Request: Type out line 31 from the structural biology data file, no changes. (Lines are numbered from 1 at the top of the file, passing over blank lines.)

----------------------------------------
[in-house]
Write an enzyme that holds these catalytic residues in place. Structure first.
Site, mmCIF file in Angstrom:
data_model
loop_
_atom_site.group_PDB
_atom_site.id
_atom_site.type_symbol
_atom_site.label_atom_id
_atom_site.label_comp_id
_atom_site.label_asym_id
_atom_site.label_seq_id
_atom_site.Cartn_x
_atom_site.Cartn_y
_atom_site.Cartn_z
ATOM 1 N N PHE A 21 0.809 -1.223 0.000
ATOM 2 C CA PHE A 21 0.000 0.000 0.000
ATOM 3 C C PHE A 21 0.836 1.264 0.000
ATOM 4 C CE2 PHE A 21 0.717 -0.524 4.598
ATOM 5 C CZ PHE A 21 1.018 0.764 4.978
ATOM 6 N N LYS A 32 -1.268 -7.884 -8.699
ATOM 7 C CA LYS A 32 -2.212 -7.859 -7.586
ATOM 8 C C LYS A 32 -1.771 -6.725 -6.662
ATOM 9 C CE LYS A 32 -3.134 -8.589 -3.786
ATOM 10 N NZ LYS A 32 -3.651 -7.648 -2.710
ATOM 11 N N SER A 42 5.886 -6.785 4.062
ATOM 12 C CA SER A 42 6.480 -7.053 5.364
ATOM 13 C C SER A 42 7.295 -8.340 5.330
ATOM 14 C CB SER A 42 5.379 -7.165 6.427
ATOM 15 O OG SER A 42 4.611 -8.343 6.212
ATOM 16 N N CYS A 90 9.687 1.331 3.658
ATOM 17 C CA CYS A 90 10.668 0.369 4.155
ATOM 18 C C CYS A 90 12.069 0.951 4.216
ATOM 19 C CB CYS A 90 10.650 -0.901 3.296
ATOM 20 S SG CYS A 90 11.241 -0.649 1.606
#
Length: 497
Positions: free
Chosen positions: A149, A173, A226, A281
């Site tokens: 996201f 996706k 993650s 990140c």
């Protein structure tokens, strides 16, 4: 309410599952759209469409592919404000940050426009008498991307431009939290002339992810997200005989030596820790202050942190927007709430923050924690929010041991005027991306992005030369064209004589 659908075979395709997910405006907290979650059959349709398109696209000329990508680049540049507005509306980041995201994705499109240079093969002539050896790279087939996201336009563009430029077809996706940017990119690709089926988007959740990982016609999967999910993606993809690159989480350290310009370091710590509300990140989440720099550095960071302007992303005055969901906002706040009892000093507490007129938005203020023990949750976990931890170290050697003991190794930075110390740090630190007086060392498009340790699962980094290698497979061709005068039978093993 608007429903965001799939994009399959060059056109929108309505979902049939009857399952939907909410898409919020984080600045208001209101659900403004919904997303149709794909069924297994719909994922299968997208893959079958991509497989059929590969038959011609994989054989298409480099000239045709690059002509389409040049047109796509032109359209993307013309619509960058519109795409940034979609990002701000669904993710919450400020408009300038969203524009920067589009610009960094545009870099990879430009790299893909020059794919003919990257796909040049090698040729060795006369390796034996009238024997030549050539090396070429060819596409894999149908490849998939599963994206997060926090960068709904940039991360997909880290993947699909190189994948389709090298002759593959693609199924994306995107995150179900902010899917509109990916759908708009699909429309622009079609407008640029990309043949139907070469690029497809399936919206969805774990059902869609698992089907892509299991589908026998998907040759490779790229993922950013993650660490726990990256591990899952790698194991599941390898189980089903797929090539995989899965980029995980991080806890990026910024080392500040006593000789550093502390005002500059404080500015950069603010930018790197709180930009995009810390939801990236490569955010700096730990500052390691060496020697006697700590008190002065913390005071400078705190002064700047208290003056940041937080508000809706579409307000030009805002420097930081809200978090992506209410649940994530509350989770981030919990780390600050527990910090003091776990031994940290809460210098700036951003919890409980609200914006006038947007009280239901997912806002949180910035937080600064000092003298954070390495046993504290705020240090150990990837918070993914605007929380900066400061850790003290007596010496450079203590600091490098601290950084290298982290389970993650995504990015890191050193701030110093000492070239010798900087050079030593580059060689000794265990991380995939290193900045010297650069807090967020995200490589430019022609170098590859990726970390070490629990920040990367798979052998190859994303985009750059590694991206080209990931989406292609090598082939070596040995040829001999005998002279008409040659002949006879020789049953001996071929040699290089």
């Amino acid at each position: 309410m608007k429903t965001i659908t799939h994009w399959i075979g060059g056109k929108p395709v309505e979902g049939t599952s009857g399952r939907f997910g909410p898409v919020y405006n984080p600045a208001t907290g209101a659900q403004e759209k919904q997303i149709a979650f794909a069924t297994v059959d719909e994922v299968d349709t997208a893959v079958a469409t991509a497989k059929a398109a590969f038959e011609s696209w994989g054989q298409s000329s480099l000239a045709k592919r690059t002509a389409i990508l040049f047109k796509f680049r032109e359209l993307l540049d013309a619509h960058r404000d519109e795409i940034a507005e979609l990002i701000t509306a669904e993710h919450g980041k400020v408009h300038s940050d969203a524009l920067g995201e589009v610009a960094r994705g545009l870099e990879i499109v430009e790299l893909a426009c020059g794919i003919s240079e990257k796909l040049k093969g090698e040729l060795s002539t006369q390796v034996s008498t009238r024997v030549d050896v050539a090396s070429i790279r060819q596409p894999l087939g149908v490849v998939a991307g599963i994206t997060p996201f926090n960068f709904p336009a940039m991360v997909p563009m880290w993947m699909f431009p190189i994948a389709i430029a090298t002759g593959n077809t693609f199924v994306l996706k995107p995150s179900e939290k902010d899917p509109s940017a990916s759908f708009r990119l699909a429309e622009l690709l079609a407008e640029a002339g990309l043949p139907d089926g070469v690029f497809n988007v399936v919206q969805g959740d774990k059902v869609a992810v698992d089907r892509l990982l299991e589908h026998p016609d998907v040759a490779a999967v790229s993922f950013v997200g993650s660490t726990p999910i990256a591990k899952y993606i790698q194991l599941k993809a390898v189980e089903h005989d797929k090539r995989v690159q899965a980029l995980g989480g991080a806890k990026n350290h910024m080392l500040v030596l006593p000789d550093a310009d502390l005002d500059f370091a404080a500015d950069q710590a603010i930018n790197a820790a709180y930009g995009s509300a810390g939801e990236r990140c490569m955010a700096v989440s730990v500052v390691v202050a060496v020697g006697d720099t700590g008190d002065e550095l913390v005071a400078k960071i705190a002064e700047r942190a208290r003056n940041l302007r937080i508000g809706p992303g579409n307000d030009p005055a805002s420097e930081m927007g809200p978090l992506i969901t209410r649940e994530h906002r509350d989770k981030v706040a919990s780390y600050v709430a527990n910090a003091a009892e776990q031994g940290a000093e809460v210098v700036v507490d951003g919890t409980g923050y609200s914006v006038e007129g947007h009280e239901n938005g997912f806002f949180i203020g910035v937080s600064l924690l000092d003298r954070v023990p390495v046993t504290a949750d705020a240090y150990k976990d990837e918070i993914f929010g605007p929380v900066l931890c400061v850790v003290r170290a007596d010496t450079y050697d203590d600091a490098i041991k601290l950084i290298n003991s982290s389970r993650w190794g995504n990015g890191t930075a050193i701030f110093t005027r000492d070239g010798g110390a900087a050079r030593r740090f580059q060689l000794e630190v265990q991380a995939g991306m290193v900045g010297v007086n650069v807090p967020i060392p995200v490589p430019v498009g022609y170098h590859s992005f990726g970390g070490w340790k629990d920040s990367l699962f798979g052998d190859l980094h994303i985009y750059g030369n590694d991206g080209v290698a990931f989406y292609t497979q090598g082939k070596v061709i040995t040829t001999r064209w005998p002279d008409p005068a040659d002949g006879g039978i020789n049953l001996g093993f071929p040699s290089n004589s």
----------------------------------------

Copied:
ATOM 16 N N CYS A 90 9.687 1.331 3.658